Once upon a time, the Mercedes-Benz SL-Class was something of a living legend. When it first launched in the 1950s, the SL was Mercedes’ flagship sports car, a sleek speed machine that came in both droptop and gullwing coupe forms and sucked in gazes wherever it went. Subsequent generations saw it evolve into more of a gran turismo and boulevardier — a more relaxed car made for cruising, not corner-carving. Still, its stylishness, luxury and price made it an icon of the ‘70s,‘80s and ‘90s.
By the 21st Century, however, the SL-Class had lost the plot a little. Mercedes hoisted a retractable hard top upon it (they were in vogue at the time), which added weight and complexity to an already weighty and complex car. Manic versions like the SL65 AMG Black Series only made things more confusing by drawing attention to the delta between the regular SL and true performance machines, and intramural competition only winnowed the SL’s appeal; buyers who wanted a sporty roadster also had the SLK below and the SLS / AMG GT above to choose from, while those who wanted a more relaxed drive had the CL / S-Class coupe (and later, convertible) to choose from. The SL-Class was left meandering and mission-less.
That all seems set to change starting next year, however. Because Mercedes is hard at work creating an all-new SL that harkens back to its roots as a sports car — and they’ve sent us the spy photos to prove it. Granted, manufacturer-sourced “spy photos” stretch the definition of the term to its limits, but considering that these are far more vivid and illustrative than most of the long-lens snaps taken by true spy shooters, we’re more than happy to gaze at them and try to peel back their secrets.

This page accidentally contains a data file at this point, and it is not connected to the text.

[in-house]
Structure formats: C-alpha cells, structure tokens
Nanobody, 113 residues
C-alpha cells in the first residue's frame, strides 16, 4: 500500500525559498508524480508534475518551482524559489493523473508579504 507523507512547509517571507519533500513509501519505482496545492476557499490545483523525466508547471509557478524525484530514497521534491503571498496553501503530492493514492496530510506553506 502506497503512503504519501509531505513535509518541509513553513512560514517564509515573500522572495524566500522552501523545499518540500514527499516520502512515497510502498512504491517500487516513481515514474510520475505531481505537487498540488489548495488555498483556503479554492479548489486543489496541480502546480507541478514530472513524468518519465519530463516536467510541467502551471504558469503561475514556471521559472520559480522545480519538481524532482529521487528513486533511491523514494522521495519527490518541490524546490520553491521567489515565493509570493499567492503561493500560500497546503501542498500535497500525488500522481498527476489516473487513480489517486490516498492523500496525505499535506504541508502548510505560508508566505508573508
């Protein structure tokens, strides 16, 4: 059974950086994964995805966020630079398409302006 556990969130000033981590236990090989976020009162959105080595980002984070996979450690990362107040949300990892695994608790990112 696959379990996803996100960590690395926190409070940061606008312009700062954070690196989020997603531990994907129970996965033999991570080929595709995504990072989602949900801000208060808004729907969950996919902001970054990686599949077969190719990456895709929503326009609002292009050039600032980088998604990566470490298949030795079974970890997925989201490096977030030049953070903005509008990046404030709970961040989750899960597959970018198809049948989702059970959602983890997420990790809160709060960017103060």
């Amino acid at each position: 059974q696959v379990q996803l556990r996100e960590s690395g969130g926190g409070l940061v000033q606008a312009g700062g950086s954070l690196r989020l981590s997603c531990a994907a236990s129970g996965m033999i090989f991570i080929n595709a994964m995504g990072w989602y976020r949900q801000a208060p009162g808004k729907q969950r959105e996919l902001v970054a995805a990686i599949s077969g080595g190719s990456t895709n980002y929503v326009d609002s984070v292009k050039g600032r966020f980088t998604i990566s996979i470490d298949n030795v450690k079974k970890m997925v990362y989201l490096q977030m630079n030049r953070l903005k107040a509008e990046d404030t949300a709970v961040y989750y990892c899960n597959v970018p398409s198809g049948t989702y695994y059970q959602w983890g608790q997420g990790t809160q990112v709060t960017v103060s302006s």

The biggest change seems to be the roof; the shots suggest that the folding hard top has been banished after two decades, replaced with a more compact soft top. The cabin sits well back in the wheelbase, creating classically appealing long hood / short trunk proportions similar to the Mercedes-AMG GT of today. (In fact, AMG is reportedly taking the lead on the development of the next-generation SL, which will likely only be sold as a Mercedes-AMG; rumor has it the new SL and the next GT will actually be somewhat closely related beneath the skin.)
The shot of the two SLs from astern also provides a potential hint as to what will lie beneath that long hood. In the current AMG lineup, quad round tailpipes are a signature of the six-cylinder 43 / 53 models, while a quartet of squared-off exhaust ports signify the V8-powered 63s; the two models seen here show both of those layouts, suggesting the new SL will offer both six- and eight-cylinder models.
Given how far along these cars look, we're guessing a production-version debut won't be too far away. Mercedes already has its hands full for 2020 with the launch of the new S-Class, so we're guessing we'll see the new SL-Class revealed next year.